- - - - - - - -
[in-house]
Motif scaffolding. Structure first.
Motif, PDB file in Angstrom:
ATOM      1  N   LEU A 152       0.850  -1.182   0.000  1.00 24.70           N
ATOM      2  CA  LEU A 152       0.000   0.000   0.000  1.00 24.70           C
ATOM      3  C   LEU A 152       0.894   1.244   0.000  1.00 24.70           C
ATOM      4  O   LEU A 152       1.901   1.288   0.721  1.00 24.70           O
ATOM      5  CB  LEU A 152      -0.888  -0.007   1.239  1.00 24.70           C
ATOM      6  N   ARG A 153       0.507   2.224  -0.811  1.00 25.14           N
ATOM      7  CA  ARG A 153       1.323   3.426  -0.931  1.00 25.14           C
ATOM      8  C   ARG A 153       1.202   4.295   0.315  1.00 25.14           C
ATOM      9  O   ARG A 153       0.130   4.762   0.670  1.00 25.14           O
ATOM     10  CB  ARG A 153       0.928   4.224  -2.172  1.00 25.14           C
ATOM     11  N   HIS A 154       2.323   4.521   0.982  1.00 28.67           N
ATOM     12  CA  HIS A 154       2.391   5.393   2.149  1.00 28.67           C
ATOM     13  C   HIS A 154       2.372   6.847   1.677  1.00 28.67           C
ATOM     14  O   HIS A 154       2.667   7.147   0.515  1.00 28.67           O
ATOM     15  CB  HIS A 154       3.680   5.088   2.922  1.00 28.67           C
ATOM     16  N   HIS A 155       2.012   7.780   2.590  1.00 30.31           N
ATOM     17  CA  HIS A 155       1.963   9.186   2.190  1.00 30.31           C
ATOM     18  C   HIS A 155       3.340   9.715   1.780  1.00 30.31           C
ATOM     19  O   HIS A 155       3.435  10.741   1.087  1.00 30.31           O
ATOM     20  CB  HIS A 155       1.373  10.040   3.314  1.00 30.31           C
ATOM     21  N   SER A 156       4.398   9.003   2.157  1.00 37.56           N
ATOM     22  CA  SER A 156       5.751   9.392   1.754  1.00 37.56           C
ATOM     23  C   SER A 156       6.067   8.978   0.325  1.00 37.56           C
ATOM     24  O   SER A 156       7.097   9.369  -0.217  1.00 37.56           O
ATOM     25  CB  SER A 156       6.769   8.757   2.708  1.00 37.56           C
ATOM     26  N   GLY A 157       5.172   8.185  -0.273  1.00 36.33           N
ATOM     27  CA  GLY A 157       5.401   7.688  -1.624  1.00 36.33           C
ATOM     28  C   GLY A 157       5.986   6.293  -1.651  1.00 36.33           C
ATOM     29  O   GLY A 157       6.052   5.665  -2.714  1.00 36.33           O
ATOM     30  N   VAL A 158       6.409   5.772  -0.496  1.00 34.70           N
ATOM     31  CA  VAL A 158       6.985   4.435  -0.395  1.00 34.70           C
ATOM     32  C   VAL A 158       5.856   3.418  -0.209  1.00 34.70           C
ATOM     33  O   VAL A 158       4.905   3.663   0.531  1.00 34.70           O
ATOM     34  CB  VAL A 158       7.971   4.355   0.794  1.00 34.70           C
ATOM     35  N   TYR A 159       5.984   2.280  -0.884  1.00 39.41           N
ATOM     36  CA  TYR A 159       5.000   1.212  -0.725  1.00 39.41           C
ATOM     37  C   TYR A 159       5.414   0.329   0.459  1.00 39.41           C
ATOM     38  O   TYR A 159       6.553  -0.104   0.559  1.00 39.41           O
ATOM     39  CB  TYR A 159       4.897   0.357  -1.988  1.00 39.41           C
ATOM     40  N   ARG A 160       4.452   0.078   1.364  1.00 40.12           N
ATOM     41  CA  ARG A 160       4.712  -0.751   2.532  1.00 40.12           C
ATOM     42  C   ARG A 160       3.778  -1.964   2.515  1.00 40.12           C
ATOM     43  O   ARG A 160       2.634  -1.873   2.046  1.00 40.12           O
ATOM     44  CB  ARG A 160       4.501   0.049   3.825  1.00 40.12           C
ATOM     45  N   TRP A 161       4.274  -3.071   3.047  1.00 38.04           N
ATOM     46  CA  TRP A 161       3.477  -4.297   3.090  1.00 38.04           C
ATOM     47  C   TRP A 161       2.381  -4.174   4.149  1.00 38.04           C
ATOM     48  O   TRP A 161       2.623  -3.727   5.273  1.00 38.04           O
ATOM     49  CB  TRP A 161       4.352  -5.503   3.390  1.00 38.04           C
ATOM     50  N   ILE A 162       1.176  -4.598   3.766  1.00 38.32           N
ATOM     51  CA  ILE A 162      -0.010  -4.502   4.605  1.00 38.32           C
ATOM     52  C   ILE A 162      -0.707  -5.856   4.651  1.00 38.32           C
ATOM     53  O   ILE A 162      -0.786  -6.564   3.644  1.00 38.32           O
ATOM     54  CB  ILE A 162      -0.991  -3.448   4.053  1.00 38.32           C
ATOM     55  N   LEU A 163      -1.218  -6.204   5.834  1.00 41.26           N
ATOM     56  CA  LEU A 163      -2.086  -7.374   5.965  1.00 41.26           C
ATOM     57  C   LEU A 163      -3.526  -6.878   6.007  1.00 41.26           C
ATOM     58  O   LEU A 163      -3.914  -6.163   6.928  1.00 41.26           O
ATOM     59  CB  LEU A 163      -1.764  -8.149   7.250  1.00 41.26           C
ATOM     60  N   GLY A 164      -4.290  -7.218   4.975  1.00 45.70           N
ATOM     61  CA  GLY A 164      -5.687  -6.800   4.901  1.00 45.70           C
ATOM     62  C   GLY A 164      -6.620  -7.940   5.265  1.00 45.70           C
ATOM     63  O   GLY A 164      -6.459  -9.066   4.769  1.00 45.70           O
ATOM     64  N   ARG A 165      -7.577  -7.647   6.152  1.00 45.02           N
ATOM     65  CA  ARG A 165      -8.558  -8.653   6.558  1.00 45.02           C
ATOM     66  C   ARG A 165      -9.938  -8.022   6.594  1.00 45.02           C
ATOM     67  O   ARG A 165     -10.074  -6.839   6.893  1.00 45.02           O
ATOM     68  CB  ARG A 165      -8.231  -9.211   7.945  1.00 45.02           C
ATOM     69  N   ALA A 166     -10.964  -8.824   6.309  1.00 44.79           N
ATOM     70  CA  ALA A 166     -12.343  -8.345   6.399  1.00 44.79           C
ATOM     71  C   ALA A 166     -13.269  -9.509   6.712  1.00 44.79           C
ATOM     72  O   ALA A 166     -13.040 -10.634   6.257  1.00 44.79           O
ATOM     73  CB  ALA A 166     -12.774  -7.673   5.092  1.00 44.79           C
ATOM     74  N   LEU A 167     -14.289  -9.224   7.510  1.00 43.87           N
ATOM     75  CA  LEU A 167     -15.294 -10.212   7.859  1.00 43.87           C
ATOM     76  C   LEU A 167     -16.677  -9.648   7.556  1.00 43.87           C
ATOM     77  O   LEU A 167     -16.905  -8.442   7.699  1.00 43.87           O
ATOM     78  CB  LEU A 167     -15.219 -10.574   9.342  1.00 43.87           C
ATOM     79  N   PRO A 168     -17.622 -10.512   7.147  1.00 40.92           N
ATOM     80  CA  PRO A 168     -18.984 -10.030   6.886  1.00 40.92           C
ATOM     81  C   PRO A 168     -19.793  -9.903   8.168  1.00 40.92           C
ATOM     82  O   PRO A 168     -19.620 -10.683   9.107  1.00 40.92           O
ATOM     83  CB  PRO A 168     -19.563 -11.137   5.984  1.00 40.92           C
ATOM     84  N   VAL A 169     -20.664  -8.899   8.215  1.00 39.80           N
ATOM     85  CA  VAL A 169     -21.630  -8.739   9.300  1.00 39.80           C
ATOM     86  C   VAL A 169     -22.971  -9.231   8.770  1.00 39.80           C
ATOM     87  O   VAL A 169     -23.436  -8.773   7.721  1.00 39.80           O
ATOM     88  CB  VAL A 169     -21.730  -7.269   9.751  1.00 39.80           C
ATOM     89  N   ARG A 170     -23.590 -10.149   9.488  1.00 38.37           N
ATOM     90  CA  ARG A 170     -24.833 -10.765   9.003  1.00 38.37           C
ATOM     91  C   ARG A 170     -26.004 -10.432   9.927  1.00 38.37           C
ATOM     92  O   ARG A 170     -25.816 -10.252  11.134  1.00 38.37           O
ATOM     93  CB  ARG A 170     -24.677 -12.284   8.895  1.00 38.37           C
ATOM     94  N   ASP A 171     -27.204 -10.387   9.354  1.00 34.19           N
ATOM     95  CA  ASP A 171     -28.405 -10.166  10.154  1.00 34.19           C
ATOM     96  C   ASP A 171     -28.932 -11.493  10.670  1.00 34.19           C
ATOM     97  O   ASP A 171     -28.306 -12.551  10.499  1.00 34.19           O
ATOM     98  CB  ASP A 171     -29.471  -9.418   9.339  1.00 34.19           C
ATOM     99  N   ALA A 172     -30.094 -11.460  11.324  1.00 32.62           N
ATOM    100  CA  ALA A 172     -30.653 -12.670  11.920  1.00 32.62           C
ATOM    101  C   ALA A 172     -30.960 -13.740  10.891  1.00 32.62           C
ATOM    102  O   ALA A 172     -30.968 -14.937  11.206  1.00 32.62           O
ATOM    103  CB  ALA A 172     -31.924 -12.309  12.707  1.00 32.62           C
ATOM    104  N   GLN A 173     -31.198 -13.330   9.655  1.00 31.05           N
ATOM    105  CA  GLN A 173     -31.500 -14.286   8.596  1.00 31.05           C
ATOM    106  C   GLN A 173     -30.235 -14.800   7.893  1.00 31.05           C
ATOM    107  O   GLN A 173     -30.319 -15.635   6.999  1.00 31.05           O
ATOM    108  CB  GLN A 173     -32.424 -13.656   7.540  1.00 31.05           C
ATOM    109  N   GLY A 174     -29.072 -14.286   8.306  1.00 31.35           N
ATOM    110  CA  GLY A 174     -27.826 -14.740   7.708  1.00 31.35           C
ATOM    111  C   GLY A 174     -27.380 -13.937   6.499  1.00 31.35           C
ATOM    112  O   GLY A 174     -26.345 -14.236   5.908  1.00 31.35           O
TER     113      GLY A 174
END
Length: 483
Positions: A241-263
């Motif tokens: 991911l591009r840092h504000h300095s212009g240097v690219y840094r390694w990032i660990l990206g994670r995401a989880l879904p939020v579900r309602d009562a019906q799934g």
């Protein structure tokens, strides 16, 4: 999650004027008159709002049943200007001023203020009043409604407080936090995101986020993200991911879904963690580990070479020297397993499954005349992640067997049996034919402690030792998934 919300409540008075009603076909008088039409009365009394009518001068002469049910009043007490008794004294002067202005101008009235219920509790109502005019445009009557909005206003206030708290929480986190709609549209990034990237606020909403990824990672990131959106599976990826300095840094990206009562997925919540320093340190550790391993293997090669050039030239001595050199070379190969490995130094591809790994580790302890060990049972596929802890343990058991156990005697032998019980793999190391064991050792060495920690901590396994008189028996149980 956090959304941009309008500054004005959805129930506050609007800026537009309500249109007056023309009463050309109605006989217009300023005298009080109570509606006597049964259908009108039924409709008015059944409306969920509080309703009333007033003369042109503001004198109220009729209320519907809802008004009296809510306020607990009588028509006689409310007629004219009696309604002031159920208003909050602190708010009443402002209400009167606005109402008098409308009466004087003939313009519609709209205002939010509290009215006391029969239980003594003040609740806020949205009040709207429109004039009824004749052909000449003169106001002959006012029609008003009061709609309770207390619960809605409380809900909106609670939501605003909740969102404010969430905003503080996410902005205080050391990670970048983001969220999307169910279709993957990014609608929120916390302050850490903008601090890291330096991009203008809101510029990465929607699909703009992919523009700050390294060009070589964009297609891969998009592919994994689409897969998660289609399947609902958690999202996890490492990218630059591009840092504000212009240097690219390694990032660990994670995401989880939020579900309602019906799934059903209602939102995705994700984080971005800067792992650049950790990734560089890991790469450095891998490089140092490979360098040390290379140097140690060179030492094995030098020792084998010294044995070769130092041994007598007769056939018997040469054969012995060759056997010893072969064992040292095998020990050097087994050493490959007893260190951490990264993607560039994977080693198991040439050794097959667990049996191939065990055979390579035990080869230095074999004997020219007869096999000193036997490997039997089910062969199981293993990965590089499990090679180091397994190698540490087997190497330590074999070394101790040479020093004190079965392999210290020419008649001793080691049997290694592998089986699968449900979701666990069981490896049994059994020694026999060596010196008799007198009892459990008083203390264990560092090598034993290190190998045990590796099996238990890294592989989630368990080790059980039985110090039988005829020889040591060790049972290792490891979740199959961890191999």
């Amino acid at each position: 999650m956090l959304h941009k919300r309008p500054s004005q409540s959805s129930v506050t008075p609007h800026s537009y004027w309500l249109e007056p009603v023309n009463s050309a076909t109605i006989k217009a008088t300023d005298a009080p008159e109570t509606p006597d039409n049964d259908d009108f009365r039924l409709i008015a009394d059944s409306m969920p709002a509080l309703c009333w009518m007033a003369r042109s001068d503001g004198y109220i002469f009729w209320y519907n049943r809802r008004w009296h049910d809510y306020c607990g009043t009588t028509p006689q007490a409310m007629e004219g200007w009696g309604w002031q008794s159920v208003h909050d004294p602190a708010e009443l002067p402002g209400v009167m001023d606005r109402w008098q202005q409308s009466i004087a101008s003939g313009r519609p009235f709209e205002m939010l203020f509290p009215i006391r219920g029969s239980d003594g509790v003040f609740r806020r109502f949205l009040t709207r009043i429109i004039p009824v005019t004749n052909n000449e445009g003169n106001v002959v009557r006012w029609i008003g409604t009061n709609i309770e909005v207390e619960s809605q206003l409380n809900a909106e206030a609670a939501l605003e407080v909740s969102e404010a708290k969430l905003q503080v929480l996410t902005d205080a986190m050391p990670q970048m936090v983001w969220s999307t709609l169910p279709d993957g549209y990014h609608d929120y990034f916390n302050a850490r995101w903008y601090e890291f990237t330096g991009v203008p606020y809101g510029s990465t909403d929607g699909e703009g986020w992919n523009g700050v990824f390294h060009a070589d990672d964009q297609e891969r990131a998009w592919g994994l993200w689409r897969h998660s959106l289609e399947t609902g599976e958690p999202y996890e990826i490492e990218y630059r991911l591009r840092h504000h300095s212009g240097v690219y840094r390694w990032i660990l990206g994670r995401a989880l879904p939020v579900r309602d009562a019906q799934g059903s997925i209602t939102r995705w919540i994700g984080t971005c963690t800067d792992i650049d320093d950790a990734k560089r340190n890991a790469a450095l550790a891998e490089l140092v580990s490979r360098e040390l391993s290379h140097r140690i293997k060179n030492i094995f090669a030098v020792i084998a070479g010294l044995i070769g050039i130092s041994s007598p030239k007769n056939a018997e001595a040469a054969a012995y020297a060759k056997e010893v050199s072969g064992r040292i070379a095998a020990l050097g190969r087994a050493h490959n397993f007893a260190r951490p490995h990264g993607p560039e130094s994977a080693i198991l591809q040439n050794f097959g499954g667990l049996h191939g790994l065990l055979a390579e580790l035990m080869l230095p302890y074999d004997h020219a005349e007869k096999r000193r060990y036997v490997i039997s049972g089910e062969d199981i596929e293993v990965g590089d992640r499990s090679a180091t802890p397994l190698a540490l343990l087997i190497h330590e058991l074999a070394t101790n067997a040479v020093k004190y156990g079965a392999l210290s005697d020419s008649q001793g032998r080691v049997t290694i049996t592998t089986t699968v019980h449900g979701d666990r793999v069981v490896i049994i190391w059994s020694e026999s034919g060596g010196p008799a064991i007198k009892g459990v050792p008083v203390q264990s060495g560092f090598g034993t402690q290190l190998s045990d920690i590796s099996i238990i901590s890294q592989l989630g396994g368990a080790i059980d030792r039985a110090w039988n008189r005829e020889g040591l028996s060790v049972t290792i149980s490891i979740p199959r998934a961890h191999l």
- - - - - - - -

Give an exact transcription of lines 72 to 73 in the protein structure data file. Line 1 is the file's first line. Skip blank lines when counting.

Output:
ATOM     69  N   ALA A 166     -10.964  -8.824   6.309  1.00 44.79           N
ATOM     70  CA  ALA A 166     -12.343  -8.345   6.399  1.00 44.79           C